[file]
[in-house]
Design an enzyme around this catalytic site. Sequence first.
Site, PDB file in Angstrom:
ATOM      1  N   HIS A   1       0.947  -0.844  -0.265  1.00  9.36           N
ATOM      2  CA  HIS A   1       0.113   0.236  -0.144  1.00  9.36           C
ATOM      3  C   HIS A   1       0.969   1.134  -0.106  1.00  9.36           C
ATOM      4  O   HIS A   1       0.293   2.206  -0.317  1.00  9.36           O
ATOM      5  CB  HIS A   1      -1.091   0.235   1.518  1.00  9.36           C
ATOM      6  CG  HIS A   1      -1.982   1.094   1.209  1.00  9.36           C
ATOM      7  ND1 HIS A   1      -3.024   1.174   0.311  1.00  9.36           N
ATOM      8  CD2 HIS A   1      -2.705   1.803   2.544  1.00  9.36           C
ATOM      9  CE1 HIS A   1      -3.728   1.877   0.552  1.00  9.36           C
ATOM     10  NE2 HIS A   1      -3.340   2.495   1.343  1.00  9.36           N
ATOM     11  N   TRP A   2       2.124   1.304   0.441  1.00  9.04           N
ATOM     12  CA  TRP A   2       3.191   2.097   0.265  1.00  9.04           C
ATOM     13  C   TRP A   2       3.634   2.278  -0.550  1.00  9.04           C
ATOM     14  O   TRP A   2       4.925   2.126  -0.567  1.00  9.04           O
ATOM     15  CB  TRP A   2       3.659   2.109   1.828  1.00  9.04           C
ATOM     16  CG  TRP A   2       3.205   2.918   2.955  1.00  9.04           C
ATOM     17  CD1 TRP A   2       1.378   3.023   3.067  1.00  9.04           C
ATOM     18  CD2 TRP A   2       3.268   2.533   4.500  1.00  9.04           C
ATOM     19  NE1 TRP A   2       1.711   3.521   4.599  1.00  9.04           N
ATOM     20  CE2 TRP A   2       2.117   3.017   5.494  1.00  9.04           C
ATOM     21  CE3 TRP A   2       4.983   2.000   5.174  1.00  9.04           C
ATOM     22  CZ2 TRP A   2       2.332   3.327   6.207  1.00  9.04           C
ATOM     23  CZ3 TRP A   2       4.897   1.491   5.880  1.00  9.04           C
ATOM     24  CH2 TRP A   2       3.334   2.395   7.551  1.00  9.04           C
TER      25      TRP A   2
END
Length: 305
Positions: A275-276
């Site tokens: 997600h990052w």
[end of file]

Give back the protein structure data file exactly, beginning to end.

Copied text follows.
[in-house]
Design an enzyme around this catalytic site. Sequence first.
Site, PDB file in Angstrom:
ATOM      1  N   HIS A   1       0.947  -0.844  -0.265  1.00  9.36           N
ATOM      2  CA  HIS A   1       0.113   0.236  -0.144  1.00  9.36           C
ATOM      3  C   HIS A   1       0.969   1.134  -0.106  1.00  9.36           C
ATOM      4  O   HIS A   1       0.293   2.206  -0.317  1.00  9.36           O
ATOM      5  CB  HIS A   1      -1.091   0.235   1.518  1.00  9.36           C
ATOM      6  CG  HIS A   1      -1.982   1.094   1.209  1.00  9.36           C
ATOM      7  ND1 HIS A   1      -3.024   1.174   0.311  1.00  9.36           N
ATOM      8  CD2 HIS A   1      -2.705   1.803   2.544  1.00  9.36           C
ATOM      9  CE1 HIS A   1      -3.728   1.877   0.552  1.00  9.36           C
ATOM     10  NE2 HIS A   1      -3.340   2.495   1.343  1.00  9.36           N
ATOM     11  N   TRP A   2       2.124   1.304   0.441  1.00  9.04           N
ATOM     12  CA  TRP A   2       3.191   2.097   0.265  1.00  9.04           C
ATOM     13  C   TRP A   2       3.634   2.278  -0.550  1.00  9.04           C
ATOM     14  O   TRP A   2       4.925   2.126  -0.567  1.00  9.04           O
ATOM     15  CB  TRP A   2       3.659   2.109   1.828  1.00  9.04           C
ATOM     16  CG  TRP A   2       3.205   2.918   2.955  1.00  9.04           C
ATOM     17  CD1 TRP A   2       1.378   3.023   3.067  1.00  9.04           C
ATOM     18  CD2 TRP A   2       3.268   2.533   4.500  1.00  9.04           C
ATOM     19  NE1 TRP A   2       1.711   3.521   4.599  1.00  9.04           N
ATOM     20  CE2 TRP A   2       2.117   3.017   5.494  1.00  9.04           C
ATOM     21  CE3 TRP A   2       4.983   2.000   5.174  1.00  9.04           C
ATOM     22  CZ2 TRP A   2       2.332   3.327   6.207  1.00  9.04           C
ATOM     23  CZ3 TRP A   2       4.897   1.491   5.880  1.00  9.04           C
ATOM     24  CH2 TRP A   2       3.334   2.395   7.551  1.00  9.04           C
TER      25      TRP A   2
END
Length: 305
Positions: A275-276
């Site tokens: 997600h990052w």